The picture just about sums it up. It was hard to find pictures for this article because, well, there just weren’t a lot of girls at Tech back in the day. The picture, dating from 1955, features two of the only girls on campus, and one, Shirley Clements Mewborn, is surely recognizable to anyone who’s passed by the softball field or the Alpha Xi Delta house, both of which prominently feature her name on the front signs, as they are named in her honor.
“The April 9 announcement was greeted by a considerable amount of grumbling among the students,” (Wallace, 357).
Surprisingly, the reaction of the students to “one of the country’s most masculine strongholds” to the introduction of women was not all that positive. Bill Dean, the editor of the Technique, was quoted as saying that “the students are determined that no tradition be changed for members of the fair sex. When they show they have the ability, then they’ll be accepted as one of us.” Ronald Holt, the senior class president, added that, “if they come here to study engineers instead of engineering, they won’t stay long.”
Not a great look. So how did we get to that?
To be honest, this wasn’t even the first time women had been permitted to attend classes. Tech’s continuing education programs, most notably the Evening School of Commerce, which, as we’ve seen, was cruelly yanked from Atlanta and sent to Athens before being returned to Atlanta in the form of Georgia State, had enrolled women decades prior. But this was the first time they could earn four year degrees, taking classes in engineering and architecture.
It really all started with Blake Van Leer. He was a practical man, but he was also a smart man. His wife had studied architecture, and, thus, his daughters followed their parents into the realm of science, technology, engineering, and mathematics. It stood to reason, to the Institute president, that the only state engineering school actually be able to admit anyone from the state.
The process was a simple one, really, once the president had backed the decision. His wife had spurred the Women’s Chamber of Commerce to bring the matter before the Board of Regents. The board’s vote was a close one, yet the measure still passed by a 7-5 margin. In the fall of 1952, just as Bobby Dodd’s boys were starting their quest for a third national football championship, the first two women were admitted to the Georgia Institute of Technology. The ladies, a widow named Elizabeth Herndon with a young son, and a fresh-out-of-high school girl named Diane Michel. The young misses Michel and Clements, later Clements Mewborn, would become the first ladies to graduate in 1956, with the former coming from the school of Electrical Engineering.
Although both women had to constantly insist they did not come to Tech to find husbands, it is fun to note that Mewborn did eventually marry a fellow EE and both went on to be proud engineers in the field, as they noted in an interview later on. Mewborn, notably, helped found Tech’s first sorority chapter in 1954, Alpha Xi Delta, at the corner of Techwood and Sixth.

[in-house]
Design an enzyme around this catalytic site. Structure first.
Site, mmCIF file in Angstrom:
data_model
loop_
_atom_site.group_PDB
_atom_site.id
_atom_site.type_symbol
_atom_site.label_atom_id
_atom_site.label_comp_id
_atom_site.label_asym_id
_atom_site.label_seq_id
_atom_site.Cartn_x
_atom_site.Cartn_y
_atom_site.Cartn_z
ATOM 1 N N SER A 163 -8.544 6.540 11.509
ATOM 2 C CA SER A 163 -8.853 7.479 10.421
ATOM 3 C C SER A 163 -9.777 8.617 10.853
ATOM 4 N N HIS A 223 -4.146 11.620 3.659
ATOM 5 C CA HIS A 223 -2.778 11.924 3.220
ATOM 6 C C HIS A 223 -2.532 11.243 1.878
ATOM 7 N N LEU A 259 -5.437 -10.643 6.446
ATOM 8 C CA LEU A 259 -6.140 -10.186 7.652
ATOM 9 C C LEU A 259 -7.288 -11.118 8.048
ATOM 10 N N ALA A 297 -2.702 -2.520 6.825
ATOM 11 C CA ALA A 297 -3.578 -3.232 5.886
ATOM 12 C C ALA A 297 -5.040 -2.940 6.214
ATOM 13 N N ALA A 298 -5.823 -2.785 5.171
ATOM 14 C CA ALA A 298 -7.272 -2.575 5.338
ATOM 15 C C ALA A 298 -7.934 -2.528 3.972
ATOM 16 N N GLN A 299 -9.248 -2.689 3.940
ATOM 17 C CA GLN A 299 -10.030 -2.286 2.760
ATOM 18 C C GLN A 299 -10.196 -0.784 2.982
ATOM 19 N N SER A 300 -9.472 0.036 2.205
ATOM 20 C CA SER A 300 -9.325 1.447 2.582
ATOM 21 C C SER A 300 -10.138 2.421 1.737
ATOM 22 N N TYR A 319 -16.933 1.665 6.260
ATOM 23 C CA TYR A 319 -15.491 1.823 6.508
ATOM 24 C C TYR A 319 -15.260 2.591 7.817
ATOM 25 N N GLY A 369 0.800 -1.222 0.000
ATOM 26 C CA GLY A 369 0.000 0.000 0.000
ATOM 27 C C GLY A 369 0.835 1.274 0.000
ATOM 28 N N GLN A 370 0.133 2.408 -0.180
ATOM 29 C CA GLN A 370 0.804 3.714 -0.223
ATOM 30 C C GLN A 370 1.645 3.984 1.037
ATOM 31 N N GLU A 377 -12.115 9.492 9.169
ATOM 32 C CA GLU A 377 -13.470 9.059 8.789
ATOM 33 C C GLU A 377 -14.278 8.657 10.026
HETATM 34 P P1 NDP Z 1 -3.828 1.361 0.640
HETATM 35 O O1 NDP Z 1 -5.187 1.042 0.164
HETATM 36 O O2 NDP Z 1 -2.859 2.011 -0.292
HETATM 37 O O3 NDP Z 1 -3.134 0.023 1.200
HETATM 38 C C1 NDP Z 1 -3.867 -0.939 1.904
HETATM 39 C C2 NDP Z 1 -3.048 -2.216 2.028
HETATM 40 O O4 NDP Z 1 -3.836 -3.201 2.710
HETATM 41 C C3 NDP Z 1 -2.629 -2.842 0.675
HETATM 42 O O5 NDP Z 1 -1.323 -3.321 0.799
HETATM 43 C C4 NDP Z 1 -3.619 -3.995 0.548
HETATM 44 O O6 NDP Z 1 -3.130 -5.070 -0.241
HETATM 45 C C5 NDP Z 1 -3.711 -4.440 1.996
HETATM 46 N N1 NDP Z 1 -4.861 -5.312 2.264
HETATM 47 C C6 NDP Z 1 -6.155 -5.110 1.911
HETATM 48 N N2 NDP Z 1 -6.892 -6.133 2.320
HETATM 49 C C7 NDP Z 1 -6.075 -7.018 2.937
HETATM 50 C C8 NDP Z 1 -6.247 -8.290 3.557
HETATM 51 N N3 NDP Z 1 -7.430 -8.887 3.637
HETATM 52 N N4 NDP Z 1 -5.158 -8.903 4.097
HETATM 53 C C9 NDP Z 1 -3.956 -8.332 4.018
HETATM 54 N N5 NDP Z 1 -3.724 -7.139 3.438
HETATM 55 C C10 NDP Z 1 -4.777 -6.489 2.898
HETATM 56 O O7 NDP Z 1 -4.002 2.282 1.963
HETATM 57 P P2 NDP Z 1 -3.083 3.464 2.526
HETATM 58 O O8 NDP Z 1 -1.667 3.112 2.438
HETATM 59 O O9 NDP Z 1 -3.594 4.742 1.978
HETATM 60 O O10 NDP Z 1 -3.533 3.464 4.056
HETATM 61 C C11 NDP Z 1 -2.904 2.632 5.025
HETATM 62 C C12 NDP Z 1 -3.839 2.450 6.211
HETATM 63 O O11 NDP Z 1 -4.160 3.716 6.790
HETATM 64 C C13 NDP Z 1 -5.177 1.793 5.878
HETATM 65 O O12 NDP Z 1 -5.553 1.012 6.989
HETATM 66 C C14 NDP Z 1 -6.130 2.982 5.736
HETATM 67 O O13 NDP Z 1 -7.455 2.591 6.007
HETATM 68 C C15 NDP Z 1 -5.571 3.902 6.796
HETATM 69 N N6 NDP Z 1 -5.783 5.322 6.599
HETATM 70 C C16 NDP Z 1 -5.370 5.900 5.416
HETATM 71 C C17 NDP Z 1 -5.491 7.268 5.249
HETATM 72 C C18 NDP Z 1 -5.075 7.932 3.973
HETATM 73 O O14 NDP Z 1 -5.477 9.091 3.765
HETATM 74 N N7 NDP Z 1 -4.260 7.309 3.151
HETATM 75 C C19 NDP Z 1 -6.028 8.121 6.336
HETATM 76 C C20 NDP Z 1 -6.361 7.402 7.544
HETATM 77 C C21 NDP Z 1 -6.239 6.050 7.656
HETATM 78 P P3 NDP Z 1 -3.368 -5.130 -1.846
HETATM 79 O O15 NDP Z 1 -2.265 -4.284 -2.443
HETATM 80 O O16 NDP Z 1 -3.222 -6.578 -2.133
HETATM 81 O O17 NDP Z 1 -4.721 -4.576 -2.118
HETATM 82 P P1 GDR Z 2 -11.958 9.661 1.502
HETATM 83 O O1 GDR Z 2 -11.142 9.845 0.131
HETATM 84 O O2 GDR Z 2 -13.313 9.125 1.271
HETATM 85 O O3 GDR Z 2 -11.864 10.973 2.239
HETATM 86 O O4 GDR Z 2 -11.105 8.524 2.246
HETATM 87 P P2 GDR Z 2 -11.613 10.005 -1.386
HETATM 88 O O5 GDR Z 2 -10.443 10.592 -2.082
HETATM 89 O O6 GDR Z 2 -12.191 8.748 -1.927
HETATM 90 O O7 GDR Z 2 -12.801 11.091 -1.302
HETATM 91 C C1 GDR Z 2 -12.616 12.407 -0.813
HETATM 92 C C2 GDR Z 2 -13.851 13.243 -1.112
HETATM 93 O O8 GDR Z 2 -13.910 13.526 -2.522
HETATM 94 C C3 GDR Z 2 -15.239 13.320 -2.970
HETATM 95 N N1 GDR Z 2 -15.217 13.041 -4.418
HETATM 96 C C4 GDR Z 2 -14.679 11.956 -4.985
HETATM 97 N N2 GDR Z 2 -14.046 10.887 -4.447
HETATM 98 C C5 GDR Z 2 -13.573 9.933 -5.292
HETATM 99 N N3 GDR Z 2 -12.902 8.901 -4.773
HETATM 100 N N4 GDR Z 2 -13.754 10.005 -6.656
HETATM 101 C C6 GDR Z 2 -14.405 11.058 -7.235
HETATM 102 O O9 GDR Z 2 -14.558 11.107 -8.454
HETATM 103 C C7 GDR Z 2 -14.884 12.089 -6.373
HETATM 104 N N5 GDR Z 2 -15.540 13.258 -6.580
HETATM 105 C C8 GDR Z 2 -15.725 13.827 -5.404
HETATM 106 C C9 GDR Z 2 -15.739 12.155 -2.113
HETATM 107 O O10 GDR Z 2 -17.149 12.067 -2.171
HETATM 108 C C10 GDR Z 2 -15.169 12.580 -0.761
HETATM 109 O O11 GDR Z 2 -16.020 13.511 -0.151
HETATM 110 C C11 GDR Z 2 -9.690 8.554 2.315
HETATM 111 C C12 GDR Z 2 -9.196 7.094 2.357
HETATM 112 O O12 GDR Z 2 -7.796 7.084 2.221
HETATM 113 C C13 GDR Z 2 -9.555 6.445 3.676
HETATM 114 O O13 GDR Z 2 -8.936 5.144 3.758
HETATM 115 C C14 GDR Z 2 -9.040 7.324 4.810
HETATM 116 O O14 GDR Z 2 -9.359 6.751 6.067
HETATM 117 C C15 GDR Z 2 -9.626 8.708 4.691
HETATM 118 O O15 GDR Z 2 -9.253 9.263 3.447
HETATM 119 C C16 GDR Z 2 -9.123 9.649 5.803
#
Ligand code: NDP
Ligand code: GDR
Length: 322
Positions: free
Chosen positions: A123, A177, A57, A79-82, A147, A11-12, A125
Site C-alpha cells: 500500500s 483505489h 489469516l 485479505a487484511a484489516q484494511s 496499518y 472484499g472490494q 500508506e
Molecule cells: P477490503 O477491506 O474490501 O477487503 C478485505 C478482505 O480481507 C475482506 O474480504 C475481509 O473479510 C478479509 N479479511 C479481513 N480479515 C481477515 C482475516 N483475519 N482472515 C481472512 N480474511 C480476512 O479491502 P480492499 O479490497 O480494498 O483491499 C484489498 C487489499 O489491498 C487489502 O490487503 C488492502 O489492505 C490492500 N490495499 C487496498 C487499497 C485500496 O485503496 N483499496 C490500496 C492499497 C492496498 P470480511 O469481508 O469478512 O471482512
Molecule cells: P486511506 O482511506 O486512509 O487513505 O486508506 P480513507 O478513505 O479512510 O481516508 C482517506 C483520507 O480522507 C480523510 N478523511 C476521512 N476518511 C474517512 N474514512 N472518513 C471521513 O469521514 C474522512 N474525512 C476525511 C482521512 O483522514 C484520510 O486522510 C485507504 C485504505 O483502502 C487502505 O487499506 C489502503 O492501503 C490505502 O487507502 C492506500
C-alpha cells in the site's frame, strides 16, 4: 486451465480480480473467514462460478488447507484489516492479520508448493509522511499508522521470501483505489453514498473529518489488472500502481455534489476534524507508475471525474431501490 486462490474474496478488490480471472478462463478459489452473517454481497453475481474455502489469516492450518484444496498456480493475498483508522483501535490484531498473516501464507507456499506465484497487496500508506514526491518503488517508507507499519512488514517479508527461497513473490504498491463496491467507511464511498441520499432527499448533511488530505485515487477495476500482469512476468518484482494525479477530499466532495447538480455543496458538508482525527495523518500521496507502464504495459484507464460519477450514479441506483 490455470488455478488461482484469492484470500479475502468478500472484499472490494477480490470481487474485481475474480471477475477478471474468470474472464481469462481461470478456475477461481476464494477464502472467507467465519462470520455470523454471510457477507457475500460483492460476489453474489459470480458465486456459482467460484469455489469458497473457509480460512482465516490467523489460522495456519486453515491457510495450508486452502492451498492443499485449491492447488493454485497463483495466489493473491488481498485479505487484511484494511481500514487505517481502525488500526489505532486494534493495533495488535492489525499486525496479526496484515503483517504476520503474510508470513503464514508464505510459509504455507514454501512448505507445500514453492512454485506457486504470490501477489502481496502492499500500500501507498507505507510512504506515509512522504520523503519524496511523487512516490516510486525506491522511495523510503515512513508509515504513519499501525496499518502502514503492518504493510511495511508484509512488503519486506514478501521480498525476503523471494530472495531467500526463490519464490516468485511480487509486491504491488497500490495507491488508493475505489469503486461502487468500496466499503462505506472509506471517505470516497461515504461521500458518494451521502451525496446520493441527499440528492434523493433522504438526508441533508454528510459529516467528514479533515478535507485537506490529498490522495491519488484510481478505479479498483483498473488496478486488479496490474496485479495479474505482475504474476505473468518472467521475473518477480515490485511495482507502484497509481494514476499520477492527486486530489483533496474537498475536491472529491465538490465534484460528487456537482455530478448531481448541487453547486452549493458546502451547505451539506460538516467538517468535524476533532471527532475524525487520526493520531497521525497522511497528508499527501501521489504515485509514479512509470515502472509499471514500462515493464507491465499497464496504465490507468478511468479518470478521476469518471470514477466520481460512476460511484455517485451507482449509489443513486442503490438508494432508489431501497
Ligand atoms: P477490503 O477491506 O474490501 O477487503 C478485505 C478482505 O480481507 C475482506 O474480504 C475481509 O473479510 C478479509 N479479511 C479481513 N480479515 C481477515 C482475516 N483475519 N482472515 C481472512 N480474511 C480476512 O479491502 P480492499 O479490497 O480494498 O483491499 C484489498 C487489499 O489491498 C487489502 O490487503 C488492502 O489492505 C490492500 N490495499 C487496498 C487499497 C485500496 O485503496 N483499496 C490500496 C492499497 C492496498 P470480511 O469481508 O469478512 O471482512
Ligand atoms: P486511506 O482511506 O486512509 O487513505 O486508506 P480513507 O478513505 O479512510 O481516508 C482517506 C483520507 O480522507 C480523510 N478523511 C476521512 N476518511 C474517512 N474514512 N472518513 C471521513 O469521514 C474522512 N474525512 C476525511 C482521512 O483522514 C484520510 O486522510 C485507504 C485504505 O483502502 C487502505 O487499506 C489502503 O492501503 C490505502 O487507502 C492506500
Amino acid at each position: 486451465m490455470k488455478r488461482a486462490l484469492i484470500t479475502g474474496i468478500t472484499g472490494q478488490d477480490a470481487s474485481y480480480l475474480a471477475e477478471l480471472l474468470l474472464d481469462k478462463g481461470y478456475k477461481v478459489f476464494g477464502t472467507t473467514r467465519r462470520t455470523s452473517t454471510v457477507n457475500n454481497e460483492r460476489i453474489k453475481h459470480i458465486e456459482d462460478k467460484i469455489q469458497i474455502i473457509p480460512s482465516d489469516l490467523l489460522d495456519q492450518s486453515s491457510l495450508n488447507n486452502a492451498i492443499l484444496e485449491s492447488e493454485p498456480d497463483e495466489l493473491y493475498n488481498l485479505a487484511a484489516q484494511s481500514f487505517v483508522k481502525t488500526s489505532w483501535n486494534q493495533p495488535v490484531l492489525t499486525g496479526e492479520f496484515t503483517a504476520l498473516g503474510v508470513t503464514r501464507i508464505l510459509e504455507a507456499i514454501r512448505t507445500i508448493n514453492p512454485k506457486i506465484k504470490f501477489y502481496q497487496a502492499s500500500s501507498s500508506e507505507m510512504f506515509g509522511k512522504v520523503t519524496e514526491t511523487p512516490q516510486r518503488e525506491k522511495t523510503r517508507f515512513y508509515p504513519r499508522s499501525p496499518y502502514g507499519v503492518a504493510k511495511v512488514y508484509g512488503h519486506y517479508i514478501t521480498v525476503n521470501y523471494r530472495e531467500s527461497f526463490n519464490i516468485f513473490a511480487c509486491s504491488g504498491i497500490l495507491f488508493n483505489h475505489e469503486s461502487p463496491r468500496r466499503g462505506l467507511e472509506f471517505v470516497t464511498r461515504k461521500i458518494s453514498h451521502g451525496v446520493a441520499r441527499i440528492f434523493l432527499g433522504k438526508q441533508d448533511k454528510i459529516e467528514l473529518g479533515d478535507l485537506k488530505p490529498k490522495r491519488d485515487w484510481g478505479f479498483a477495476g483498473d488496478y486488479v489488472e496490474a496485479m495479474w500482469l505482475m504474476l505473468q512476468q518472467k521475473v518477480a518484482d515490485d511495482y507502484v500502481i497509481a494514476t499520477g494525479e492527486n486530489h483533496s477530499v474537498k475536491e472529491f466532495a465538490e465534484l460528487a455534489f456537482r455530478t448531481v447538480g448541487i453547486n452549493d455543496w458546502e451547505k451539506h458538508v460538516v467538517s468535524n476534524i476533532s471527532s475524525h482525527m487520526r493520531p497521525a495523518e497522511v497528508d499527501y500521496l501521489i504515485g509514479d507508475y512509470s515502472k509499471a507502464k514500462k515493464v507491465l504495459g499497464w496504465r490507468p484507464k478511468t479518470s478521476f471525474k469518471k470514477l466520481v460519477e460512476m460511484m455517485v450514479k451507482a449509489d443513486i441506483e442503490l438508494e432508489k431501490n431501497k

It was rough going for all Tech students back then, with the men only graduating at a 60 percent clip, but for women, it was especially hellacious. The graduation rate into the 1960s was just 16 percent for women, and just 49 were registered a full decade later.
Paula Stevenson would be the first woman elected to the student council, as well as the Ramblin’ Reck Club. She, much like other women, would note that everyone was basically on there own, as far as changing campus climate and finding acceptance among the predominantly male structure of campus. It’s hard to change things, she would say, as one was so busy in class and work around campus that it was hard to create large-scale change.
Part of the problem lay in the fact that the only girls dorm on campus was a small, inadequate house for eleven residents up on Fifth Street. And the price was higher for women, for some reason.
It’s been a winding road for women at Tech from the early days of the 1950s. Attitudes change, and so do things like enrollment and graduation rates. Tech admits more women than ever, and they go on to do great things in their fields, from engineering and architecture, to the new degrees Tech has added over the years. Their successes are just as comprehensive as those of the Tech men.
Tech men didn’t change overnight. There were pretty substantial prejudices from professors and peers alike that women had to fight for many years. But pioneers like Mewborn, Michel, and Stevenson had powerful things to say about their treatment, their experiences, and their time at Tech. these women paved the way with their strong successes. No one was really out to rattle the Institute to its core, it seems. Rather, women just wanted to be accepted into what was already there - a thriving, challenging, and unique Institute. The men who were already there, meanwhile, may have taken some time, but like the interviews say, the boys of Tech were good, smart men.
And it’s for all of our betterment that these women helped expand the doors to let in the thriving group of female students that comes closer and closer to making up half the student body every year.
If you have any events or ideas you would like to see investigated, leave a comment below and I will be sure to look into adding it to the schedule. What is old is new again, or at least liable to be featured in the future. Thank you for reading this latest edition of From the Rumble Seat’s Rearview Mirror.